We often see Messi in a position where he can play a now trademark diagonal through ball from the inside right channel to the inside left channel, where Thierry Henry, David Villa, Pedro, and now Neymar are the main beneficiaries of his fantastic through balls and lofted passes from this deep position.

In the game v Bilbao, they tried to overload Messi 2v1 and 3v1 on the touchline and block his access to the dribble diagonally towards the centre backs with the ball protected on his left side, but often left his supporting team mates unmarked or left the space inside open to be attacked by the supporting team mates. Often, this would mean that Messi would simply make a pass and allow his team mates to attack the defence with players on the

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Sevilla Blocking Diagonal Passes

By Stevie Grieve

Europa League holders and this seasons finalists, Sevilla, are a team with a strong defensive unit and a strong attacking process, particularly on the counter attack.

Against a possession orientated team like Fiorentina, they allowed the Italians to have the ball and then defend from areas where they felt comfortable to make Fiorentina predictable; on the sides where Fiorentia played with ‘inverted wingers’ in a 4-3-3.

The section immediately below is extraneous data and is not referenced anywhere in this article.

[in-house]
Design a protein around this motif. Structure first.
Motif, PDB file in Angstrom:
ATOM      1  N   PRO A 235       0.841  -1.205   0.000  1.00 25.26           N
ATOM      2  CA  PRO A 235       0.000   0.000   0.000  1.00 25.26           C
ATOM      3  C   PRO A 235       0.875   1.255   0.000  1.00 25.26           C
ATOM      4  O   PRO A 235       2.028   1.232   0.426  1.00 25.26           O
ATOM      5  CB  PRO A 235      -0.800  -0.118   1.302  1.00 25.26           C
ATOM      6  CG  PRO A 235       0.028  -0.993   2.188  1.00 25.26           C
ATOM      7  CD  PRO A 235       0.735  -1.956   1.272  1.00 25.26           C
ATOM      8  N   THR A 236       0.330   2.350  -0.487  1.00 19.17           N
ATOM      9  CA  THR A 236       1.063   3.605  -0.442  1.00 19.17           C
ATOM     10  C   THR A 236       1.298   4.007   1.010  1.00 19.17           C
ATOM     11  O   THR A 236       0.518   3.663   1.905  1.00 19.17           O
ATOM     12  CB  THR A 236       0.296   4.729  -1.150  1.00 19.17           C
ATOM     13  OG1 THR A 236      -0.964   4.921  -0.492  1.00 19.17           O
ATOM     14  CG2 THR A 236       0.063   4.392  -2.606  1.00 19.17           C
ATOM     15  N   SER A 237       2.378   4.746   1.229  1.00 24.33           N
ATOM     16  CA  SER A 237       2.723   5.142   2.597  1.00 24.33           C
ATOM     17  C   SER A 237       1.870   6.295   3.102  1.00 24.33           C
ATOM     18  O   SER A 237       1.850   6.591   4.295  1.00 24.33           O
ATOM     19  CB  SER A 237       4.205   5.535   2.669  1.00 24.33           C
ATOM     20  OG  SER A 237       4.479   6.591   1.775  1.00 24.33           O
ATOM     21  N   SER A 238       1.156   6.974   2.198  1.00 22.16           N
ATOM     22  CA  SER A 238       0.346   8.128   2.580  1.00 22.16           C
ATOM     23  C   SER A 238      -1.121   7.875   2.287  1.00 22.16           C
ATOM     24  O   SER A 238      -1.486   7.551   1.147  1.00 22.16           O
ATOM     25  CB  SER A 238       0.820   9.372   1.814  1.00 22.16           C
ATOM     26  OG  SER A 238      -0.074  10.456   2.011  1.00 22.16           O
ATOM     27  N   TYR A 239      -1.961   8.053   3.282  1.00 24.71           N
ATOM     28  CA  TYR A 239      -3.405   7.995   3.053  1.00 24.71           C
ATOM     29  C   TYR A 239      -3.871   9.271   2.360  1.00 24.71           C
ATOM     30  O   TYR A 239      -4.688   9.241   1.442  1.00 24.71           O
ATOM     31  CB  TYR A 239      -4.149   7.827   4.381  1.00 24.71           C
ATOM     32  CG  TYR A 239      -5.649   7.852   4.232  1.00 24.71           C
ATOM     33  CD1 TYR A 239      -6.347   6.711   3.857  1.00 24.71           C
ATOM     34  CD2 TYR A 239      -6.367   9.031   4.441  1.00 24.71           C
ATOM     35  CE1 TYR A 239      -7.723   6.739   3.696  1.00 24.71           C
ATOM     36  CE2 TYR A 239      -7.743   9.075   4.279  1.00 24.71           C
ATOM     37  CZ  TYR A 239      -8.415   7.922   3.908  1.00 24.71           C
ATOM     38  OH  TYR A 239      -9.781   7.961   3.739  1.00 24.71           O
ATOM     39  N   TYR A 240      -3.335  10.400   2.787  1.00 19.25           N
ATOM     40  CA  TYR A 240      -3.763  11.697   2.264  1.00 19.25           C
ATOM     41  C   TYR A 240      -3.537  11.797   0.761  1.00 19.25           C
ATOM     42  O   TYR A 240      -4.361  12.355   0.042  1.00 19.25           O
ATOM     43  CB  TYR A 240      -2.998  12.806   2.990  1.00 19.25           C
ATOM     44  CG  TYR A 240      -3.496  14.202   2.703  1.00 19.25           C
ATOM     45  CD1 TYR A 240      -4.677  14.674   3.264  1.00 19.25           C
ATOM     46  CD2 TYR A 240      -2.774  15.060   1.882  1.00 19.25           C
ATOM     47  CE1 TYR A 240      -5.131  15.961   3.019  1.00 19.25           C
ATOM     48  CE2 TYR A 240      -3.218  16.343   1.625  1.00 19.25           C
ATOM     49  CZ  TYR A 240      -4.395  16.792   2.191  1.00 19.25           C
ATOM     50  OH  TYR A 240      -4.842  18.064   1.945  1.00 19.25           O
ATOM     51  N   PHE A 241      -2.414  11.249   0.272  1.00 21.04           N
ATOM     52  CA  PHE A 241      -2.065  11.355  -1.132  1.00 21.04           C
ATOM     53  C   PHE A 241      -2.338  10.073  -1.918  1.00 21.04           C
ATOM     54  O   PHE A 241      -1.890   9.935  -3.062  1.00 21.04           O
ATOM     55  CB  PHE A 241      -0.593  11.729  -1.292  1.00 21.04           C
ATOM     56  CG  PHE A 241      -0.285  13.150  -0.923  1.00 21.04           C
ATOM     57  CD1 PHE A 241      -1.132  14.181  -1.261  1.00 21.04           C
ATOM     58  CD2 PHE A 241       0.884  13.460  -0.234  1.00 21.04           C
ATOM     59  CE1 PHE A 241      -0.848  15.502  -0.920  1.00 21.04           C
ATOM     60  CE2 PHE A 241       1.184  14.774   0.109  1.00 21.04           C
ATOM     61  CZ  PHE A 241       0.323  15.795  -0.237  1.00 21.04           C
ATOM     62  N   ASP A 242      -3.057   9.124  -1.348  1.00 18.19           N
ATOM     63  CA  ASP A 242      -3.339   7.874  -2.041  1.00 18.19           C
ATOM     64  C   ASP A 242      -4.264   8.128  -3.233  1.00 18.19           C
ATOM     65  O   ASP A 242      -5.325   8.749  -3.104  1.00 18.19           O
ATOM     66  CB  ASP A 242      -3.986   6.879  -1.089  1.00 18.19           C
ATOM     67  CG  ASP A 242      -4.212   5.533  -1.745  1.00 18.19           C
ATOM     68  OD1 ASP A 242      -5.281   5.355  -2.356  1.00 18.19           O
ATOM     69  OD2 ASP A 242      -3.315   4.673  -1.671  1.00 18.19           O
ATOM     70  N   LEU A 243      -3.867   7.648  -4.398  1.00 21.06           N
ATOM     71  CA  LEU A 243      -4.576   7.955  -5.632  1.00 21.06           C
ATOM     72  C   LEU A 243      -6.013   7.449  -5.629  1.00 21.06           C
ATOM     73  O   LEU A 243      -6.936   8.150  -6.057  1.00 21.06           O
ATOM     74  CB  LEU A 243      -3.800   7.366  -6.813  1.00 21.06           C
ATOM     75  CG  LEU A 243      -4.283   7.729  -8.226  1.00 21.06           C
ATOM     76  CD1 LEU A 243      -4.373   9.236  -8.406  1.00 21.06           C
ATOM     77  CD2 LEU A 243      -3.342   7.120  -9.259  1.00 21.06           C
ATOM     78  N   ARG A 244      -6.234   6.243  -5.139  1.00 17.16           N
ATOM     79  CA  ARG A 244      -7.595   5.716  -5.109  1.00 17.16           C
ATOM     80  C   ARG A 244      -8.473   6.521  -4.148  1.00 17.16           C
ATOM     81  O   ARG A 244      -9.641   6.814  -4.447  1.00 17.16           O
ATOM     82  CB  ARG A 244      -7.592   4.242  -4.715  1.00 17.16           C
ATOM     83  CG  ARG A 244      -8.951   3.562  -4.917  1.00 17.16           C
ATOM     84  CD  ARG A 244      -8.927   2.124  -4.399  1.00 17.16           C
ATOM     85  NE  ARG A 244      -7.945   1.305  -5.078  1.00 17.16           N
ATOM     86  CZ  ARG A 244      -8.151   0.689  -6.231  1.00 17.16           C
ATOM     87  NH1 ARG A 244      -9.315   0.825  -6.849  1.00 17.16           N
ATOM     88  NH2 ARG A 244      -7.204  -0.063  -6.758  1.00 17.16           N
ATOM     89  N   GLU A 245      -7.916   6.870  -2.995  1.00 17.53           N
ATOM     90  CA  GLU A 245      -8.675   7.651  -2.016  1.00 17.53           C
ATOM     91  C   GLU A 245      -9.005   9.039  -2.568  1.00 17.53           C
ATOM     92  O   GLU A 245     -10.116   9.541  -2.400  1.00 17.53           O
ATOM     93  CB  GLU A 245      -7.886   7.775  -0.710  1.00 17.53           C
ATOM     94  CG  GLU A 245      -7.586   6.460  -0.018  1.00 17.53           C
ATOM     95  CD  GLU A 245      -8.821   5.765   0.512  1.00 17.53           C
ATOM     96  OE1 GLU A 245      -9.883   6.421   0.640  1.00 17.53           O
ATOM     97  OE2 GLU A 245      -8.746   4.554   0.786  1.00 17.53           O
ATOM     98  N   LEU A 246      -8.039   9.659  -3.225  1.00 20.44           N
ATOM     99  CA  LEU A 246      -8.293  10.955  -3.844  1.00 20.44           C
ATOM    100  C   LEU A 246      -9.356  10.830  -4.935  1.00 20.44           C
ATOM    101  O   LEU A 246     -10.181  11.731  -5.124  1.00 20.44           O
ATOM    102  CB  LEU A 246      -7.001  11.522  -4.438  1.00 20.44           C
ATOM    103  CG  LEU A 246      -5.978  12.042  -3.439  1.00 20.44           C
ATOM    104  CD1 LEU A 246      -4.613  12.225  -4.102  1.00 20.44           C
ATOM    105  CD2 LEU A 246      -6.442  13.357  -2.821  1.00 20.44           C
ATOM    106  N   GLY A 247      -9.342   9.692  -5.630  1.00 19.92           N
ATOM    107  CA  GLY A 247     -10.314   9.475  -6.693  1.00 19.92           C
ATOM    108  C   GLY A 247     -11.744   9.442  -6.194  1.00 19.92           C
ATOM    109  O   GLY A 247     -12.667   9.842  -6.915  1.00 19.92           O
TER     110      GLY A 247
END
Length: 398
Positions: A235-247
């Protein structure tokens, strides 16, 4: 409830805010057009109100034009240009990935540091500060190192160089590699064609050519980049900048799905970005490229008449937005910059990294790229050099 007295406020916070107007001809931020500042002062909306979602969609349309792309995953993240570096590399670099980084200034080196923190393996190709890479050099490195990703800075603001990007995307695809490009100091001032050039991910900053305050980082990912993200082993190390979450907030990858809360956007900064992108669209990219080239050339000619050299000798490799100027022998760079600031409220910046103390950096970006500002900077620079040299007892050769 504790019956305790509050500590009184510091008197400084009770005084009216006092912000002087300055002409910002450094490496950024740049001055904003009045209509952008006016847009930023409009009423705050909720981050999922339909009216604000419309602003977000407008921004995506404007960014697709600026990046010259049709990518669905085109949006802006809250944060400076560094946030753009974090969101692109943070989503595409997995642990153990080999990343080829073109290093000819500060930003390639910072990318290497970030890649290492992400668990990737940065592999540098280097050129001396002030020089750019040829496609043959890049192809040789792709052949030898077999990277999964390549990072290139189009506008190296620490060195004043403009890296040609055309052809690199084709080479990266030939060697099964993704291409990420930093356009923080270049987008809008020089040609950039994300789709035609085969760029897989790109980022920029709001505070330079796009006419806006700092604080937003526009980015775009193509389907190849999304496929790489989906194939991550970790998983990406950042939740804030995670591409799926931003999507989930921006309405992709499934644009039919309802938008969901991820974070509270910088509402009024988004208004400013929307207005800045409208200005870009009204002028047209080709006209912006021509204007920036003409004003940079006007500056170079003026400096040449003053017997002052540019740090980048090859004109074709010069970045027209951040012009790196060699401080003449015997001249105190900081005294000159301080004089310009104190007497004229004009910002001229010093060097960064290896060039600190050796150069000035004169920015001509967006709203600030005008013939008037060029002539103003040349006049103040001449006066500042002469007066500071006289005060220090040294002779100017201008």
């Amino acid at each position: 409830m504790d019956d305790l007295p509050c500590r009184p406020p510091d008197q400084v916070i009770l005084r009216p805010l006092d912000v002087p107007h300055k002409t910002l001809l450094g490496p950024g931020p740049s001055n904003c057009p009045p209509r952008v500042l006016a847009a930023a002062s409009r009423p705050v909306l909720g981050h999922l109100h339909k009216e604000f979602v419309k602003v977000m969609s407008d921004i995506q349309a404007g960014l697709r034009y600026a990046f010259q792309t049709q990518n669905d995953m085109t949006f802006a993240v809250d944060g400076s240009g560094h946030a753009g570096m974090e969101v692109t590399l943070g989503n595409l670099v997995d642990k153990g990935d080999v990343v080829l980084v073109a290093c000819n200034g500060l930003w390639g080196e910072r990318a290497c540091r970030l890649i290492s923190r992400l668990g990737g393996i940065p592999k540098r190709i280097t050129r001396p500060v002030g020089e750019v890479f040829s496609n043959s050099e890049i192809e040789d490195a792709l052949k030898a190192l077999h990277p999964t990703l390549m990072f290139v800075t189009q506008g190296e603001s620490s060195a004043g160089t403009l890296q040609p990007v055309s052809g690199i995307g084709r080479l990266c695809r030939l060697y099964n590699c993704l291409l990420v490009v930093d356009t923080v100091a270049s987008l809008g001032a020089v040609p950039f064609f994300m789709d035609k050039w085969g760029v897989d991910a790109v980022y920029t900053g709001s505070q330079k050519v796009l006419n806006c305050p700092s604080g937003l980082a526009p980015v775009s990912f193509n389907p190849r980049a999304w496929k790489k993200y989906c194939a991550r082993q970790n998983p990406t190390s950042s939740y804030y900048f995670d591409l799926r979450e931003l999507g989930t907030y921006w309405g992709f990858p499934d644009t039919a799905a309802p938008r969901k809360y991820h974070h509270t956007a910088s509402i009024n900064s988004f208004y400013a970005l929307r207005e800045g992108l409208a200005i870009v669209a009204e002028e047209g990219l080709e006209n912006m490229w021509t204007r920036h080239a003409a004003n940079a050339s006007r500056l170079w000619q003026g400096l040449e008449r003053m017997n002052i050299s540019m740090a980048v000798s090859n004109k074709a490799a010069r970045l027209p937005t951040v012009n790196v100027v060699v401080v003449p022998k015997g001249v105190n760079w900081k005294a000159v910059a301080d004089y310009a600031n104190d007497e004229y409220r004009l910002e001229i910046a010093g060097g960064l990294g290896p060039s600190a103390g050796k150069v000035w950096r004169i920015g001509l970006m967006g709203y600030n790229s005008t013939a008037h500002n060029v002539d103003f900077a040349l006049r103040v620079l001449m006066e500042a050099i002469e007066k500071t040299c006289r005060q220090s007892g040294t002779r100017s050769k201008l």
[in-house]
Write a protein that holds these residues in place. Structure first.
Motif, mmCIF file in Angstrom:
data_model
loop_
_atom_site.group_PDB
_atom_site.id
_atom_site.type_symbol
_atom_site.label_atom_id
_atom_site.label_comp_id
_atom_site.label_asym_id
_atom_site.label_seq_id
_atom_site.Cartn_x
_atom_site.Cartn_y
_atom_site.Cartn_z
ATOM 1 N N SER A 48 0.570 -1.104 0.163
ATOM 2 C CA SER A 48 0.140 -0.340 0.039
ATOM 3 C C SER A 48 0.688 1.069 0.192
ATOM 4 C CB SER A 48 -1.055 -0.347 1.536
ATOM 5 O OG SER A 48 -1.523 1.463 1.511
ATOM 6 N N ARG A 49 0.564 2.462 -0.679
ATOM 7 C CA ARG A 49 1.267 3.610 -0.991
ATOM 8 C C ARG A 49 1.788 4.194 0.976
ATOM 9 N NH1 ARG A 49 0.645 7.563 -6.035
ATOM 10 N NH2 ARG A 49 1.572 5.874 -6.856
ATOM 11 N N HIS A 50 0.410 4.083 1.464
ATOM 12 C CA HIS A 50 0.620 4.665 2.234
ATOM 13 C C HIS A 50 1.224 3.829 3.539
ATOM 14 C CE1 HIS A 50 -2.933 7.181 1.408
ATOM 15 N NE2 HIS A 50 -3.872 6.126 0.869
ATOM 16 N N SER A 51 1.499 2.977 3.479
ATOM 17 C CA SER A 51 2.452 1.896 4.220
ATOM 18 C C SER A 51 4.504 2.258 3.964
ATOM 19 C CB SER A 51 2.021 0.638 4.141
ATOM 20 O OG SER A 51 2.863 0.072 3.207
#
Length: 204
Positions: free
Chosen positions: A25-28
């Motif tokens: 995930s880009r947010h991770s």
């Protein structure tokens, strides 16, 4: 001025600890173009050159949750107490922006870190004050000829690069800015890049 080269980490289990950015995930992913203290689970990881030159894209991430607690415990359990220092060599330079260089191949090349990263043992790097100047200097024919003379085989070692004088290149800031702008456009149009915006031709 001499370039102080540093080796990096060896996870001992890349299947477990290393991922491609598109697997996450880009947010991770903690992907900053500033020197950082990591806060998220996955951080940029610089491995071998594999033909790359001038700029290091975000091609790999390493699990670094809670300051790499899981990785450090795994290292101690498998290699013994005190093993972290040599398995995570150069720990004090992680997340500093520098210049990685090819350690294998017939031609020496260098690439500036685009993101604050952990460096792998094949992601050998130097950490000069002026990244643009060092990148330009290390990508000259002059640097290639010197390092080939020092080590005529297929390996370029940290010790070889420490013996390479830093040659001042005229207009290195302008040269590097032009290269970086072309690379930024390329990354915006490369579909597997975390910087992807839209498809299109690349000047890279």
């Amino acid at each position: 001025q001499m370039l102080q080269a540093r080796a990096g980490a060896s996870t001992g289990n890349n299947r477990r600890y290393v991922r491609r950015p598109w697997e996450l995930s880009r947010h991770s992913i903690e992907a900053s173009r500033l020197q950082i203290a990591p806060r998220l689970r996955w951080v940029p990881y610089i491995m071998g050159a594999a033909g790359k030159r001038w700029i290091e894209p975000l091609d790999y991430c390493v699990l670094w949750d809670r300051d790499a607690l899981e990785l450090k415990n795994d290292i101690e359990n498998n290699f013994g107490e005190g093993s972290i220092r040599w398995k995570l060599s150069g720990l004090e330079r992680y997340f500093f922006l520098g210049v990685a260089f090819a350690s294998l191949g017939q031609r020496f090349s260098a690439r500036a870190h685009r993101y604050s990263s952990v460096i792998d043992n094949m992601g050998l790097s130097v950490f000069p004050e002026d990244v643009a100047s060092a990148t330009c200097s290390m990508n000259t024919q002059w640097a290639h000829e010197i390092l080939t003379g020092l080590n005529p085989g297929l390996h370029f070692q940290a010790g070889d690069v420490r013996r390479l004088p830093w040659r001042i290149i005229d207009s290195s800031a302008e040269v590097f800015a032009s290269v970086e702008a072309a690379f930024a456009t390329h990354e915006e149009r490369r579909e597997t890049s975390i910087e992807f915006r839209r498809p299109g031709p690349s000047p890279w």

From the wide zone, they looked to block the cut inside with close positioning to play 2v1 or if the play was with a midfielder or full back in a wide zone, they would ensure they had solid defensive triangles to cover the pass through the movement to engage 1v1 on the side which would often be in 2v2,3v3 or 4v4 scenarios.

To do this, the central midfielder on the far side would look to cover any angle between the 2 closest pressing players to the ball and block anything diagonally between the

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Bayern’s Failure to Stop Messi

By Stevie Grieve

In the Champions League Semi Final between Barcelona and Bayern Munich, the score was decided by one player’s ability to find space when there is little available, despite Bayern Munich’s best attempts to control the space around Lionel Messi, particularly in the 1st half.

For the 1st half, Bayern played wide and looked to enter the attacking phases from the CF drifting wide then playing 1v1 on the side and attacking from there, while Barcelona played more direct from central zones in transition, looking to use Suarez’ tenacity behind the Bayern defence, or with lots of circulation which kept the ball and looked for a breakthrough from quick combinations around the goal or in 1v1 play.

The 2nd half changed for Barcelona when Iniesta, Neymar, Messi and Rakitic all played directly through the channels, looking to cut inside and combine with centrally based players; Suarez or Neymar on the last line of the defence, with Alba and Alves staying deeper and making late runs outside the play.

The main danger was always through an ‘inverted’ player, cutting inside, particularly Messi from the